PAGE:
Tuesday, October 09, 2012

30 Days of Nightmares #13: THIRST (2009)

The Story: A dour priest submits his body to an experiment to find the cure for a deadly virus.  On his deathbed, he receives a blood transfusion that saves his life... only to learn afterward that he was cured by the blood of a vampire, and now lives with an intense desire for "all things sinful."

Expectations: The film is written and directed by South Korean filmmaker Park Chan-wook, the man behind the wildly popular "Vengeance Trilogy" (SYMPATHY FOR MR. VENGEANCE in 2002, OLDBOY in 2003, and SYMPATHY FOR LADY VENGEANCE in 2005).  Like Sam Peckinpah or John Woo, Chan-wook makes violence and brutality seem utterly hypnotic.  It seems only natural that he should turn his talent to horror films.

Reaction: Like the Vengeance films, THIRST is not about hyperviolence.  It is anchored by a compelling emotional core -- the internal struggle of a priest with a newfound lust for the darker side of life.  In a more conventional vampire movie, this character would either be a villain or a whiny, self-loathing hero, but that's not what happens here.  Sang-hyun suffers in silence, and that's what makes his story so compelling.  We want him to act on his impulses.  We want to see what he's capable of. 

Eventually Sang-hyun becomes fascinated with the wife of an old friend, a sympathetic young woman who has lived her entire life in humiliating subjugation (not unlike the main character in OLDBOY).  Like him she suffers in silence, and their mutual need for human contact becomes overwhelming.  As soon as the characters give in to their desires, their illicit affair proves that Park Chan-wook is also not interested in telling a conventional vampire story where bloodsucking serves as a substitute for sex.  There is sex aplenty here... not just sex, but a kind of sexual obsession that becomes even more hypnotic and compelling than the violence in the director's earlier films.  In fact, I'd say that THIRST is a reminder of just how bland the "sex scenes" in most movies really are -- totally devoid of human intimacy -- and of how casually so many horror movies combine sex and death, without ever recognizing how we sometimes crave one in order to defeat the other.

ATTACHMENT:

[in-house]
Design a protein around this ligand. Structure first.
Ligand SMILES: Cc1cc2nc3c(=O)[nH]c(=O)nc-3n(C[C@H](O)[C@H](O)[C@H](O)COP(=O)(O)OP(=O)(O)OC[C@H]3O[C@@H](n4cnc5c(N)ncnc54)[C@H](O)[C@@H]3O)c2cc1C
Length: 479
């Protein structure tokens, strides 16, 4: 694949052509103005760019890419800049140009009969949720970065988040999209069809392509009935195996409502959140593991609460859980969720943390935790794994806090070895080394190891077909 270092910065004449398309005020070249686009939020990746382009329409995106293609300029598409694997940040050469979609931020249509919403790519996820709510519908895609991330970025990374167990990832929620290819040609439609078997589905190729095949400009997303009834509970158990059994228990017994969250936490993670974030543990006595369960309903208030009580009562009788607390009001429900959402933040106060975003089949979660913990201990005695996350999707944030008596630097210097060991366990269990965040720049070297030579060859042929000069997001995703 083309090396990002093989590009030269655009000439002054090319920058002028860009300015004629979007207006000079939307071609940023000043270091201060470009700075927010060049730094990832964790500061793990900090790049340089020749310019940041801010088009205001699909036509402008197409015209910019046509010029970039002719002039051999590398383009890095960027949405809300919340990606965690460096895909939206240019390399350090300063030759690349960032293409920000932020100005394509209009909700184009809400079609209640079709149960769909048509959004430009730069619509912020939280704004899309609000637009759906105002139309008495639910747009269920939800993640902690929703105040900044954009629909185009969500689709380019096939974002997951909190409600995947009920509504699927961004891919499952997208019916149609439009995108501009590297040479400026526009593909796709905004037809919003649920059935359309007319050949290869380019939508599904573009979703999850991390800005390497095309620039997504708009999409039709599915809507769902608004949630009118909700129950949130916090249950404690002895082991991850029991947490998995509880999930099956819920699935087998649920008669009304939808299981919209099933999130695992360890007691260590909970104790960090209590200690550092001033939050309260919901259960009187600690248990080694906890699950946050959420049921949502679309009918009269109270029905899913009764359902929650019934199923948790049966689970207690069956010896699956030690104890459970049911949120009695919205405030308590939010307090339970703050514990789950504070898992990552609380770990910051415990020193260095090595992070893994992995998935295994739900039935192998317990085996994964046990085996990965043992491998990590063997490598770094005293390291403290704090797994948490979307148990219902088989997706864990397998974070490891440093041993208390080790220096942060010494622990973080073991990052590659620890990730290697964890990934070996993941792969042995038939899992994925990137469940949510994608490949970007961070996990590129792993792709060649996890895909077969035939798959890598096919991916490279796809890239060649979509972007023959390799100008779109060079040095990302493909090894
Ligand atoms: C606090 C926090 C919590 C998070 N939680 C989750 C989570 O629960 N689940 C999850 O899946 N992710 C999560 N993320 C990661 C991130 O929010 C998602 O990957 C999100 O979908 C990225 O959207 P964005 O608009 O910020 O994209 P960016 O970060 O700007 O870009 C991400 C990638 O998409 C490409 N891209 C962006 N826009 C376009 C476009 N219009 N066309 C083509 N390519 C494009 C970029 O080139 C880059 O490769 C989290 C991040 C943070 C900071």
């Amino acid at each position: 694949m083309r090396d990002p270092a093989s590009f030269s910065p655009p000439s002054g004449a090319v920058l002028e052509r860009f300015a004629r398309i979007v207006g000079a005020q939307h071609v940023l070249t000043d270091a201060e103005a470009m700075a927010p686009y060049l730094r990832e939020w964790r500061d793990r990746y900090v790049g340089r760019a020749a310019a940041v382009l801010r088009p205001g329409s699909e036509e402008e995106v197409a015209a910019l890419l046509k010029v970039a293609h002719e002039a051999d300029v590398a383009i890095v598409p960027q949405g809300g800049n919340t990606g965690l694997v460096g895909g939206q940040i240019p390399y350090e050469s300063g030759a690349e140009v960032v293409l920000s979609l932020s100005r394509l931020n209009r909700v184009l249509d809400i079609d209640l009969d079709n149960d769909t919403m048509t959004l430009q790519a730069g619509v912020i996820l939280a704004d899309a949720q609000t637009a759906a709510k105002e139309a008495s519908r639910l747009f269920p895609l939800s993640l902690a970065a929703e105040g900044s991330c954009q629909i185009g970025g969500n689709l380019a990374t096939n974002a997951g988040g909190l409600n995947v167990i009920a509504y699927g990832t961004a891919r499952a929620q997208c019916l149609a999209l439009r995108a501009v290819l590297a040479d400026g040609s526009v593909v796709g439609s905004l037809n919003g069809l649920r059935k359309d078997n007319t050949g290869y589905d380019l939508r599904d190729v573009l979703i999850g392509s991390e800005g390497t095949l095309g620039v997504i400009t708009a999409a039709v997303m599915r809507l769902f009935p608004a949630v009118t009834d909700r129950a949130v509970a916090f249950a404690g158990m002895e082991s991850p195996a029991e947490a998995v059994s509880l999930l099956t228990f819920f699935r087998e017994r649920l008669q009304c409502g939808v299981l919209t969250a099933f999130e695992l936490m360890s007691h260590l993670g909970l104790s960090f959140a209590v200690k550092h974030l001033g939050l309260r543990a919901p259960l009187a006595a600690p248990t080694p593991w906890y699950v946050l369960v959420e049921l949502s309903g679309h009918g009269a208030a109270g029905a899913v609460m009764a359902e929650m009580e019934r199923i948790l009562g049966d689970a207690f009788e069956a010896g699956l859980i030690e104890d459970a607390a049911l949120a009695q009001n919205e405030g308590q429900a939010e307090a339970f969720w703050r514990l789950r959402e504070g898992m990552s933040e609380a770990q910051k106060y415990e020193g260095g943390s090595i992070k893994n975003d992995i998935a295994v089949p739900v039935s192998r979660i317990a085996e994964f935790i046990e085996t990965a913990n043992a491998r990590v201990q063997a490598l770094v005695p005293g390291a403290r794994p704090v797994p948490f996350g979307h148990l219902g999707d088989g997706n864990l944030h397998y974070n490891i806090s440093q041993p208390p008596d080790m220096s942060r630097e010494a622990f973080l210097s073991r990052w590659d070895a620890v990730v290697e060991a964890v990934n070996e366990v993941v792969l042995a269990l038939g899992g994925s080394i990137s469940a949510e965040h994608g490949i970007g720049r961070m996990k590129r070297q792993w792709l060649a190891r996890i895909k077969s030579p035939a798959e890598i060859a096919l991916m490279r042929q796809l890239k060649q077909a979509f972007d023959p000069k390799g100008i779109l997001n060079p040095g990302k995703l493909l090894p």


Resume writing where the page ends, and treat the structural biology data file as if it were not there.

In the second half of the film, I found myself so embroiled in the wants and needs of the two main characters that I hated to see them turn against each other... but of course I knew it was inevitable.  The writer/director doesn't make the obvious choice here either.  Instead of putting the two characters against each other in a moral debate, he pulls them closer and closer together until their intimacy fosters hate just as easily as it fosters love.  That's how obsession works, isn't it?  We can't get enough until we get too much.  And that's what gives the film its raw power.  In a way, THIRST is simply a tale of first love -- love so powerful that it can destroy everything around it, even the lovers themselves.  The finale suggests that it's as impossible to escape that type of love as it is to stop being a vampire.  Obsession gets into our blood and transforms us.  But into what?  Through it all, this twisted romance remains playfully seductive and genuinely unnerving -- and for that it deserves very high marks.

Most Nightmare-Worthy Moment: One of the most whimsical sequences in the film is also the most unsettling.  The writer/director also offers his version of a ghost story by literally placing a dead man between the bodies of the two lovers while they're having sex.   

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